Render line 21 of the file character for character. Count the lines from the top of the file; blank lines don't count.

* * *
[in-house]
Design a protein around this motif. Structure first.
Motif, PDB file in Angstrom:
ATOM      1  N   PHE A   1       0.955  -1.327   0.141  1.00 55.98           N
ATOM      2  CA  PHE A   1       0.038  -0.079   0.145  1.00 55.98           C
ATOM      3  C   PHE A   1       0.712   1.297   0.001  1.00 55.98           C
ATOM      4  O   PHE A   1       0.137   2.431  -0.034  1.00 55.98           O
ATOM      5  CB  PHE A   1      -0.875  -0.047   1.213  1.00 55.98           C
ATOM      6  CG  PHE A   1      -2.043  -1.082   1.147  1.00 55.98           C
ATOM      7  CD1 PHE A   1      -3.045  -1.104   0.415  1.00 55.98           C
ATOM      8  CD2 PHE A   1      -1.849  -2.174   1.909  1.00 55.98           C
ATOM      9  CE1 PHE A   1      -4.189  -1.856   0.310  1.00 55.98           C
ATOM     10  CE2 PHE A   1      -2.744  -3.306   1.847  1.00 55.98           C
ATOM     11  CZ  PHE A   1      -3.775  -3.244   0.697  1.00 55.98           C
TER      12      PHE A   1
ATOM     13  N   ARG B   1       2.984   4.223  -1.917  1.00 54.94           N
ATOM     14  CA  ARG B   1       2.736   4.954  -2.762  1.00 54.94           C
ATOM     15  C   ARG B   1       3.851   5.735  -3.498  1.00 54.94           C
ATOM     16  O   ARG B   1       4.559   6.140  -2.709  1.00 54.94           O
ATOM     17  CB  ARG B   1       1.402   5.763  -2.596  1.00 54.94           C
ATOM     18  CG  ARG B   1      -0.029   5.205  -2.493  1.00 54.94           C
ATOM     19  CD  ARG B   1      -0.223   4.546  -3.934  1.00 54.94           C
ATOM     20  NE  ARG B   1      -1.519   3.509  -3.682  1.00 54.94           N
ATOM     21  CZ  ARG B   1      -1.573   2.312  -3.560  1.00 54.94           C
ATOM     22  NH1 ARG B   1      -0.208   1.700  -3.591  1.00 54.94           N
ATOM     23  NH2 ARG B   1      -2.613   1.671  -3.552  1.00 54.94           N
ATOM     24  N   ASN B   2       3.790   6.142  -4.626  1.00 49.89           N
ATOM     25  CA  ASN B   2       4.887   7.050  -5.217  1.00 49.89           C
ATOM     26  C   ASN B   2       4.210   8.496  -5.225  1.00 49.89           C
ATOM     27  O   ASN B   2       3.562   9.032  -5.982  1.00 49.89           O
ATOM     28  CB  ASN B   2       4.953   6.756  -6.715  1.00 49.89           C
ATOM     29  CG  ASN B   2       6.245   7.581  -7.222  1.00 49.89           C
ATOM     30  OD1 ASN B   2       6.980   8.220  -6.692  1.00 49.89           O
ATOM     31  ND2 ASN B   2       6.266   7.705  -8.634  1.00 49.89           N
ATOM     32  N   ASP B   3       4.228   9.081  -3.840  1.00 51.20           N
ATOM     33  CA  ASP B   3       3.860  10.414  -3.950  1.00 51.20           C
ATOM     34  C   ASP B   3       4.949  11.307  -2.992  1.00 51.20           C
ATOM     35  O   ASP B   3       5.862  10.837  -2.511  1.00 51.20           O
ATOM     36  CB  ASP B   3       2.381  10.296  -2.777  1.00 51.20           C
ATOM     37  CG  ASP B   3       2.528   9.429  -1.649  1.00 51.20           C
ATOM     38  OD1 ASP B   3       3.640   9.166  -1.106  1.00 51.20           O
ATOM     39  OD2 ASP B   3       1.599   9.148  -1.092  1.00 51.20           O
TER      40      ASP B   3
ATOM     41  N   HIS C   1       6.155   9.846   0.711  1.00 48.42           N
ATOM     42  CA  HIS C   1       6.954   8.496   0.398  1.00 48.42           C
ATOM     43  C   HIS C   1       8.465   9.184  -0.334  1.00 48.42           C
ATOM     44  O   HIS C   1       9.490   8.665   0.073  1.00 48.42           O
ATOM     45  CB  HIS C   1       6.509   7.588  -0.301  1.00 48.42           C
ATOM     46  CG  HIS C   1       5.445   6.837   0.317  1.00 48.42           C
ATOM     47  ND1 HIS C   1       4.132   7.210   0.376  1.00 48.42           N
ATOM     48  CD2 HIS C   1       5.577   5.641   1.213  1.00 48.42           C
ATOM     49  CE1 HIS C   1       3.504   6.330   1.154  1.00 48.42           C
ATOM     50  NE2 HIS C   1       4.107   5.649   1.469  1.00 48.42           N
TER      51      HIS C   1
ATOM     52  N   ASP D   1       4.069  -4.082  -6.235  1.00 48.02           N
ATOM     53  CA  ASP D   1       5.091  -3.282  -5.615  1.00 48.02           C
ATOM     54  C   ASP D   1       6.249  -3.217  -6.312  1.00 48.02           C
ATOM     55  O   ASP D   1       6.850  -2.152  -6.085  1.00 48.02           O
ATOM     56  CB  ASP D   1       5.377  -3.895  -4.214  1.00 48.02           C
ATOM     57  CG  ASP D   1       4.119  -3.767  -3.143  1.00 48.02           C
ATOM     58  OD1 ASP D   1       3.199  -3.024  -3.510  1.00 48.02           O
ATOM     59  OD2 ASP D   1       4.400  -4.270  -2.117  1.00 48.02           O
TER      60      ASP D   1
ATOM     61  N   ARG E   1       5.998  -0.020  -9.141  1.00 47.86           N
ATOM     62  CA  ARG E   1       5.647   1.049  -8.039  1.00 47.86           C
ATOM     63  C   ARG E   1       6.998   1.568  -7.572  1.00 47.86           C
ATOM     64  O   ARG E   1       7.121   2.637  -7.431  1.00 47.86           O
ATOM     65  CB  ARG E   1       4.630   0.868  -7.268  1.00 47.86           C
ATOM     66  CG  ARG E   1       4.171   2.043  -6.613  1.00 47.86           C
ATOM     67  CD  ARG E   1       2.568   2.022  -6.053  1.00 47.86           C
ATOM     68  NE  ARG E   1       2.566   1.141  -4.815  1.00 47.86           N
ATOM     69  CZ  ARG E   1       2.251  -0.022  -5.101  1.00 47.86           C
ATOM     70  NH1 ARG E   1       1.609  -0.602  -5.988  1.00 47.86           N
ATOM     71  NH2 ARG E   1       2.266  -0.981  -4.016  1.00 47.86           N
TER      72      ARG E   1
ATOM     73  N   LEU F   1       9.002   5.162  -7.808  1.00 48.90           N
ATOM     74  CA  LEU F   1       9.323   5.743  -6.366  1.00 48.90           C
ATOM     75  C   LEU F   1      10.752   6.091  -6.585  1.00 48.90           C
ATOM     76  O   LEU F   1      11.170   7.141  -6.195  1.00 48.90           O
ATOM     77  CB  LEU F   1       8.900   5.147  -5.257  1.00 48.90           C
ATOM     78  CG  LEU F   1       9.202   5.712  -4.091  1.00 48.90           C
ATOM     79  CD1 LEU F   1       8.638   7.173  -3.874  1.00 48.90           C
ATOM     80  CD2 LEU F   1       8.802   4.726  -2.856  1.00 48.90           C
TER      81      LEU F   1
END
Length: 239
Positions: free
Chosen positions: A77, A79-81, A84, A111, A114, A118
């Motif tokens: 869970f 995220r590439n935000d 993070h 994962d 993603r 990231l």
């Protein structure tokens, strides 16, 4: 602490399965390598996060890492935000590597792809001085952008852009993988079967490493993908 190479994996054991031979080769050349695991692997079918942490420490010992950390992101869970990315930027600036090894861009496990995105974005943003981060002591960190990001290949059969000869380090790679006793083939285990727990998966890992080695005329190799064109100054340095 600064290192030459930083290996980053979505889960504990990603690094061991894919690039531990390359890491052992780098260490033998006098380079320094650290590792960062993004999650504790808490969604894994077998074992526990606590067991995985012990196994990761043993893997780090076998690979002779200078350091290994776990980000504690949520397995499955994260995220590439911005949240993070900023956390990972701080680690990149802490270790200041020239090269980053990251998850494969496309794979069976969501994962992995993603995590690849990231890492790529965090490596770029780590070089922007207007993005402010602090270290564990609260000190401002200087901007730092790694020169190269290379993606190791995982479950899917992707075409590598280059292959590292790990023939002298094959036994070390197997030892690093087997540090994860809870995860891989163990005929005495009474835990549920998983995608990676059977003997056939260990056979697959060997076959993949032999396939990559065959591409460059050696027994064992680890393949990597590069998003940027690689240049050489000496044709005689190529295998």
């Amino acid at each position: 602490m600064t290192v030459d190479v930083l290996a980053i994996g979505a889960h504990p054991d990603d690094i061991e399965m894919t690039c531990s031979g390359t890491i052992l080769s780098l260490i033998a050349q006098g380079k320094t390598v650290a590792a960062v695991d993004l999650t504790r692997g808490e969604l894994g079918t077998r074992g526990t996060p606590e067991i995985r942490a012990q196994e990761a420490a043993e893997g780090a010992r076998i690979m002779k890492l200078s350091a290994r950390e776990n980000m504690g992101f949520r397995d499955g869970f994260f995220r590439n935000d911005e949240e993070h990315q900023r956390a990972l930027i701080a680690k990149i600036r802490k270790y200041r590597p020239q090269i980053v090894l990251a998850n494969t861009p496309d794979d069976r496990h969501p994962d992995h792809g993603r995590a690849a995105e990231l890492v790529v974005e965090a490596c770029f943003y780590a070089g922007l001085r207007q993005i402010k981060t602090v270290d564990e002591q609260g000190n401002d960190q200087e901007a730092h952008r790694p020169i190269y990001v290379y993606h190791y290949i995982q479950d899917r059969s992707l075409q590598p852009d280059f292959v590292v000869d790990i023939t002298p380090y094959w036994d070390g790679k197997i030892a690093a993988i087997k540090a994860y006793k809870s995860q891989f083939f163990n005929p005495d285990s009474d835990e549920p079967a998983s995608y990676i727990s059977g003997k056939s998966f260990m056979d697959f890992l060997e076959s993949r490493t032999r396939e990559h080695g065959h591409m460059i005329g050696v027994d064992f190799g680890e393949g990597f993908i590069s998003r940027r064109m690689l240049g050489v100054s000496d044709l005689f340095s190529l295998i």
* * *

ATOM     18  CG  ARG B   1      -0.029   5.205  -2.493  1.00 54.94           C